Signs of Hezbollah’s weakening have already started to emerge. This past week, in an unprecedented challenge to the Party of God by residents of the South, shops in the city of Nabatiyeh, which Hezbollah prohibited from selling alcohol four months ago, have started selling liquor again.
People in the South expect Hezbollah to react forcefully to things like this. But this time it did not, and now one can find alcohol in Nabatiyeh, a major Hezbollah hub in the South.
Instead, Hezbollah forces attacked a store in the southern town of Houla for selling alcohol and tried to force the owner to close shop in an attempt to compensate for its defeat and humiliation in Nabatiyeh. However, members of the Communist Party, normally an ally of Hezbollah, intervened to protect the owner of the shop, also an unprecedented incident in the South, at least since the early 1980s.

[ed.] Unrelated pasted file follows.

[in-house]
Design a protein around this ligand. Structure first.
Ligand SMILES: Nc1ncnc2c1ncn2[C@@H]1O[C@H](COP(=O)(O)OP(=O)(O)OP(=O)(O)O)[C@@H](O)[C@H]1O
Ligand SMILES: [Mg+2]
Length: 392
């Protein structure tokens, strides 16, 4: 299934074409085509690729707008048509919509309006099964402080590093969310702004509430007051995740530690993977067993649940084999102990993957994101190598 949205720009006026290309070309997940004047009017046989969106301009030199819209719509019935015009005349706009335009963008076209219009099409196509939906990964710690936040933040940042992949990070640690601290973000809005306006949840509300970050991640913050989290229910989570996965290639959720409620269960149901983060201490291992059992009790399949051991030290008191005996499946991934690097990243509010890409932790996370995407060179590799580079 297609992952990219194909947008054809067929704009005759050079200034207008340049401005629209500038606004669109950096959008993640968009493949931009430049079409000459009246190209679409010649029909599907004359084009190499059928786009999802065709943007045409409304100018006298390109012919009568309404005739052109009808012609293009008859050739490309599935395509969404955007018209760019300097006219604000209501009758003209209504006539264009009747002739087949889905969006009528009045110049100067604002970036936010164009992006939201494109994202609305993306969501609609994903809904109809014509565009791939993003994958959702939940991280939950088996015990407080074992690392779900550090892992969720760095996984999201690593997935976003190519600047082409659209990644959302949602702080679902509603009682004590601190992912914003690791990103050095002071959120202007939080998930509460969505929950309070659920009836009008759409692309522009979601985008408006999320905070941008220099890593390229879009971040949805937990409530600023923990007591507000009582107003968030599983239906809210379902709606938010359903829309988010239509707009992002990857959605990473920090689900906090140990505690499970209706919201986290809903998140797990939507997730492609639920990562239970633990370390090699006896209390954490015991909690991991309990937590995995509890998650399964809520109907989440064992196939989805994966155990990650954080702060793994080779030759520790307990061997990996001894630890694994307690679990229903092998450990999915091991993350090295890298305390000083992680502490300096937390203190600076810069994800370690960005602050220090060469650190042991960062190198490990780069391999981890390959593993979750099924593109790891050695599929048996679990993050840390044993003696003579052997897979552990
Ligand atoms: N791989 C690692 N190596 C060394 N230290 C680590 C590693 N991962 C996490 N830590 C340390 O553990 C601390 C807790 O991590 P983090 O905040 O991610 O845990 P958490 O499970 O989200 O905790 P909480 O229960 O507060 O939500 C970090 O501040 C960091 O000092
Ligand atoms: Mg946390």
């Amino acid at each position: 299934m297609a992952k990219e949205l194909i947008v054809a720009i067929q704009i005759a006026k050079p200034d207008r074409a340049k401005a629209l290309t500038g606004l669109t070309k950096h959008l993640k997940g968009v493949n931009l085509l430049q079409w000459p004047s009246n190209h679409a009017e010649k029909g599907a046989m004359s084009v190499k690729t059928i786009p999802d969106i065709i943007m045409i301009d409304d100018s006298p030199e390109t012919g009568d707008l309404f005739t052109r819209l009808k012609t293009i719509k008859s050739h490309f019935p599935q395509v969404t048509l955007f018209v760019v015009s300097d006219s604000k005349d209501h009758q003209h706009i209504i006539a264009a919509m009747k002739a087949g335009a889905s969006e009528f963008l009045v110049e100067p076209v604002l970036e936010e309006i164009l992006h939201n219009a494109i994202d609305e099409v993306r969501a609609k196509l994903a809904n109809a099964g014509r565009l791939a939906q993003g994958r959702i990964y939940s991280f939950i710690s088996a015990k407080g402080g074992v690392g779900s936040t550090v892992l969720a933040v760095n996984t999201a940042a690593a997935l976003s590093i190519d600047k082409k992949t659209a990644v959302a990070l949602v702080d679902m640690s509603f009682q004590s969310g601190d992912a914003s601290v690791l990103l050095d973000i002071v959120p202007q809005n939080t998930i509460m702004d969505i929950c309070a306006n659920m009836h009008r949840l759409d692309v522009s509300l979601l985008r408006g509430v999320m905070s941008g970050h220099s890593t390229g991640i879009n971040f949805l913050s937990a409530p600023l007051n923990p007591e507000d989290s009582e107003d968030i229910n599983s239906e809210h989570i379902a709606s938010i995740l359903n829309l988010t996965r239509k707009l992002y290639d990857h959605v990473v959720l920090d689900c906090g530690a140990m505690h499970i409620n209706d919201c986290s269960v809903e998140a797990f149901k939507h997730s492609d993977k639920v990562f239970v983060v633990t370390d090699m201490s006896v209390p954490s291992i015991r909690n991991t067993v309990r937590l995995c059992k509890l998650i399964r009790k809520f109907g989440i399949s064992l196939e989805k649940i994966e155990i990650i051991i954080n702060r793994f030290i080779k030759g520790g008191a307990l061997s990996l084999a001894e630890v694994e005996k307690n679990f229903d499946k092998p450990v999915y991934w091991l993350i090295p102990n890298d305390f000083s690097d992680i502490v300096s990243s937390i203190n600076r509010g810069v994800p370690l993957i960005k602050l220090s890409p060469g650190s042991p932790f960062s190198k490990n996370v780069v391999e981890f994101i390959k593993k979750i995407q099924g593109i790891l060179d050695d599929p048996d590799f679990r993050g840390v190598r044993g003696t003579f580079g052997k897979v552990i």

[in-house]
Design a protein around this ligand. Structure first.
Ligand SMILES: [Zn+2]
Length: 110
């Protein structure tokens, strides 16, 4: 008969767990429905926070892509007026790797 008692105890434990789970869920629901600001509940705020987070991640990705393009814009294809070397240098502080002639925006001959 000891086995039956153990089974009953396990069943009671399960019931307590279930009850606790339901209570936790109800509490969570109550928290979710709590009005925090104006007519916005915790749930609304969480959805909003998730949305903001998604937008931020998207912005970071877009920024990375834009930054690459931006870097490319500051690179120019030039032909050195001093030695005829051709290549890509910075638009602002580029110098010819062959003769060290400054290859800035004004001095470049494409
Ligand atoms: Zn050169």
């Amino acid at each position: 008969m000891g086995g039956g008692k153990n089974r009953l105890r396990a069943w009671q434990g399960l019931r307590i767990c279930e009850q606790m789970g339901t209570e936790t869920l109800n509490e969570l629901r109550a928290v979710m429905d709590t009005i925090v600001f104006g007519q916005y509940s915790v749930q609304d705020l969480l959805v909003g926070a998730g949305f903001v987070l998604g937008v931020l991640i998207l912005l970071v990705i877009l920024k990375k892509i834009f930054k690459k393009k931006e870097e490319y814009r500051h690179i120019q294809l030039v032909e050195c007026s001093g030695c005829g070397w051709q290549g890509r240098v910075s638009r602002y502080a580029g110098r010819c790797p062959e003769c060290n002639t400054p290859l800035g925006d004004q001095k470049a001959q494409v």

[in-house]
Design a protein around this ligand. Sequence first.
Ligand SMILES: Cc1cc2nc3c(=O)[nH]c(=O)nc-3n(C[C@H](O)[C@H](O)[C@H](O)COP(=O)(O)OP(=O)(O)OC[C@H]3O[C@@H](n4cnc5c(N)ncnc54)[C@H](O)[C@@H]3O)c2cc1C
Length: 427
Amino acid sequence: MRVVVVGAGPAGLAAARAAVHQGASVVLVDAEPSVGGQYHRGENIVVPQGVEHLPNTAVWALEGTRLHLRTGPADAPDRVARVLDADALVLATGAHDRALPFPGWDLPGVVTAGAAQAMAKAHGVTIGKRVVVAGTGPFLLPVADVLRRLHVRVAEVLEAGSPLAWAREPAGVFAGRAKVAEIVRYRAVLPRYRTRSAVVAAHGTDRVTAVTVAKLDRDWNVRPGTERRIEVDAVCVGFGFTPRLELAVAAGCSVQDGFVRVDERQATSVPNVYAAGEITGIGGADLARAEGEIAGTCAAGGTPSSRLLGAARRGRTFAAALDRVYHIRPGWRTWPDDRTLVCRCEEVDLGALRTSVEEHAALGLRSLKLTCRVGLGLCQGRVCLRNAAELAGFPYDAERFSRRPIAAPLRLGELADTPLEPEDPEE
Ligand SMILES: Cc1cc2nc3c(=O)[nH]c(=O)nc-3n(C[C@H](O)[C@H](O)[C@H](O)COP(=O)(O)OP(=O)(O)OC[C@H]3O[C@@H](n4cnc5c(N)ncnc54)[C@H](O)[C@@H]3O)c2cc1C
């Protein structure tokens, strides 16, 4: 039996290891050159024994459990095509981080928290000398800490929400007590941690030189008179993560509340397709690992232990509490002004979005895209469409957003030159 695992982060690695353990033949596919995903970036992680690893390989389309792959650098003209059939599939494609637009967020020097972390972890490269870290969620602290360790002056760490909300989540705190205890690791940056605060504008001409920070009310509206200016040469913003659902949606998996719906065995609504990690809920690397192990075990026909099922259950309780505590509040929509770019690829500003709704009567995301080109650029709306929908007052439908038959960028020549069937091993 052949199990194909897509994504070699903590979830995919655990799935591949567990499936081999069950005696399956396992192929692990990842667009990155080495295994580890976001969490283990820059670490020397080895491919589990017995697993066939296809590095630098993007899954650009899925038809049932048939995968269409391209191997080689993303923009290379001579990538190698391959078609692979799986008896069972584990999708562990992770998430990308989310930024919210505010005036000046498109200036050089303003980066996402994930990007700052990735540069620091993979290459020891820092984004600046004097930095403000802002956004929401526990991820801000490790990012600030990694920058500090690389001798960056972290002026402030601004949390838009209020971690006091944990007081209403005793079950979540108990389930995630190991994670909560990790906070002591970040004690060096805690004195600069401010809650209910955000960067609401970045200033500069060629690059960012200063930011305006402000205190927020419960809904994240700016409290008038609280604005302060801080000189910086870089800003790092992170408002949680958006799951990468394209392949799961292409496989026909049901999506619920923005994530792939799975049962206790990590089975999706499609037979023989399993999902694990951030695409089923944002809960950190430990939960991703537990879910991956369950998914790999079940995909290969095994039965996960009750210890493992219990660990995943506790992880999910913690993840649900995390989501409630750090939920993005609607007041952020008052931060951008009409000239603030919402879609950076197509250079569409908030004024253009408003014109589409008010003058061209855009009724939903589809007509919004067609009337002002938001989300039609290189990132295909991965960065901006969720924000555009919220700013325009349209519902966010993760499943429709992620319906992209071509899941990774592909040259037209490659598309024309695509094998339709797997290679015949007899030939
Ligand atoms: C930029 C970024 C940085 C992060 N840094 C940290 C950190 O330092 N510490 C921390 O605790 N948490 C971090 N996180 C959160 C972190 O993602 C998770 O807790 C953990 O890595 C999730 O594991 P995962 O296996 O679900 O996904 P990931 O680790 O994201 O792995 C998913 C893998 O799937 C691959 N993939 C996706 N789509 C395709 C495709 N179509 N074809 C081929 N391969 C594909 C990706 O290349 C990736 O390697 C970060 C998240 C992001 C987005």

Hezbollah has been hurt by the stupidity of its ally, Bashar al-Assad, whom the party’s local allies are beginning to question. With Assad’s actions, and with the sword of the Special Tribunal for Lebanon at its neck, the party is standing alone, bleeding. Not a pleasant situation for a party that is still more or less in control of Lebanon and its state institutions.